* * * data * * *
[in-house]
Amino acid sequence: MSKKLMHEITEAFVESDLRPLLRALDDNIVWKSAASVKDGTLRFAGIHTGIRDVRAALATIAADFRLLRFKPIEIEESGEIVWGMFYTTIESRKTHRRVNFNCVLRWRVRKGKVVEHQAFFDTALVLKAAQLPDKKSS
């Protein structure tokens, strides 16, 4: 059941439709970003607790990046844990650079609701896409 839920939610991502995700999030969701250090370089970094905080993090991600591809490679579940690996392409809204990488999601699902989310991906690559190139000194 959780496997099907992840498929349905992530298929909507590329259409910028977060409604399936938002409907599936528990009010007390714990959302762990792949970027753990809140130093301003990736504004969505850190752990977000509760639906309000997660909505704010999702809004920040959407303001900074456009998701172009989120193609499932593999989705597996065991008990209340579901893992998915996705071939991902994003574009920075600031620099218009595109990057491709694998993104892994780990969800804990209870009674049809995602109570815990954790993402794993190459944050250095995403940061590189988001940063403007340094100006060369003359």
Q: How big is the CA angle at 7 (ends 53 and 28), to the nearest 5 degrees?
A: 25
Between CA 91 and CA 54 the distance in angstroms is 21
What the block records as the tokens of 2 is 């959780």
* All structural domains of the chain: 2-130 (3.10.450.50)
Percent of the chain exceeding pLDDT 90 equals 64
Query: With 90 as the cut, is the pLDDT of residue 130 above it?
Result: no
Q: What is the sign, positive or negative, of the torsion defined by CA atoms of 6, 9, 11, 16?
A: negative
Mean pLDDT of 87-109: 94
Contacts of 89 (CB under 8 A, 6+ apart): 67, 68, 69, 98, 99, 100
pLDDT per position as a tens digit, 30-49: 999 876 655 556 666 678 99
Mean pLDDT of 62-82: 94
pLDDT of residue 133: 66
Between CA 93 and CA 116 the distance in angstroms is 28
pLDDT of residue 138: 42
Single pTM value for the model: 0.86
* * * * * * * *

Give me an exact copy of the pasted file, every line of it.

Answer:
[in-house]
Amino acid sequence: MSKKLMHEITEAFVESDLRPLLRALDDNIVWKSAASVKDGTLRFAGIHTGIRDVRAALATIAADFRLLRFKPIEIEESGEIVWGMFYTTIESRKTHRRVNFNCVLRWRVRKGKVVEHQAFFDTALVLKAAQLPDKKSS
């Protein structure tokens, strides 16, 4: 059941439709970003607790990046844990650079609701896409 839920939610991502995700999030969701250090370089970094905080993090991600591809490679579940690996392409809204990488999601699902989310991906690559190139000194 959780496997099907992840498929349905992530298929909507590329259409910028977060409604399936938002409907599936528990009010007390714990959302762990792949970027753990809140130093301003990736504004969505850190752990977000509760639906309000997660909505704010999702809004920040959407303001900074456009998701172009989120193609499932593999989705597996065991008990209340579901893992998915996705071939991902994003574009920075600031620099218009595109990057491709694998993104892994780990969800804990209870009674049809995602109570815990954790993402794993190459944050250095995403940061590189988001940063403007340094100006060369003359």
Q: How big is the CA angle at 7 (ends 53 and 28), to the nearest 5 degrees?
A: 25
Between CA 91 and CA 54 the distance in angstroms is 21
What the block records as the tokens of 2 is 């959780």
* All structural domains of the chain: 2-130 (3.10.450.50)
Percent of the chain exceeding pLDDT 90 equals 64
Query: With 90 as the cut, is the pLDDT of residue 130 above it?
Result: no
Q: What is the sign, positive or negative, of the torsion defined by CA atoms of 6, 9, 11, 16?
A: negative
Mean pLDDT of 87-109: 94
Contacts of 89 (CB under 8 A, 6+ apart): 67, 68, 69, 98, 99, 100
pLDDT per position as a tens digit, 30-49: 999 876 655 556 666 678 99
Mean pLDDT of 62-82: 94
pLDDT of residue 133: 66
Between CA 93 and CA 116 the distance in angstroms is 28
pLDDT of residue 138: 42
Single pTM value for the model: 0.86